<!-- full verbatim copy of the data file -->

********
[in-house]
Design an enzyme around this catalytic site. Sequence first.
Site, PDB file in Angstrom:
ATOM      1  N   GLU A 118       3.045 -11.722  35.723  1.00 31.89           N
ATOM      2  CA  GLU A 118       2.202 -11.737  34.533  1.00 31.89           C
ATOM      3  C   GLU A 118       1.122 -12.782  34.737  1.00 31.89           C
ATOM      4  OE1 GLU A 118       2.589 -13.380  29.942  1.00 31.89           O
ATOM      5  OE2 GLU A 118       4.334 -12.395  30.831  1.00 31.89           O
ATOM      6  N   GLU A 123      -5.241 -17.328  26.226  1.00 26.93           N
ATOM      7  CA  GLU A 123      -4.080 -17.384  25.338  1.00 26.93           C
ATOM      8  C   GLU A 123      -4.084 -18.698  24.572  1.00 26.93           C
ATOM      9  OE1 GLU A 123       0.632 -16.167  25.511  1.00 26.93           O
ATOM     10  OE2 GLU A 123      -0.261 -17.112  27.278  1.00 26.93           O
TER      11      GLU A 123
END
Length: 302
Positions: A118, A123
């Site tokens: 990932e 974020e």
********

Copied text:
[in-house]
Design an enzyme around this catalytic site. Sequence first.
Site, PDB file in Angstrom:
ATOM      1  N   GLU A 118       3.045 -11.722  35.723  1.00 31.89           N
ATOM      2  CA  GLU A 118       2.202 -11.737  34.533  1.00 31.89           C
ATOM      3  C   GLU A 118       1.122 -12.782  34.737  1.00 31.89           C
ATOM      4  OE1 GLU A 118       2.589 -13.380  29.942  1.00 31.89           O
ATOM      5  OE2 GLU A 118       4.334 -12.395  30.831  1.00 31.89           O
ATOM      6  N   GLU A 123      -5.241 -17.328  26.226  1.00 26.93           N
ATOM      7  CA  GLU A 123      -4.080 -17.384  25.338  1.00 26.93           C
ATOM      8  C   GLU A 123      -4.084 -18.698  24.572  1.00 26.93           C
ATOM      9  OE1 GLU A 123       0.632 -16.167  25.511  1.00 26.93           O
ATOM     10  OE2 GLU A 123      -0.261 -17.112  27.278  1.00 26.93           O
TER      11      GLU A 123
END
Length: 302
Positions: A118, A123
């Site tokens: 990932e 974020e």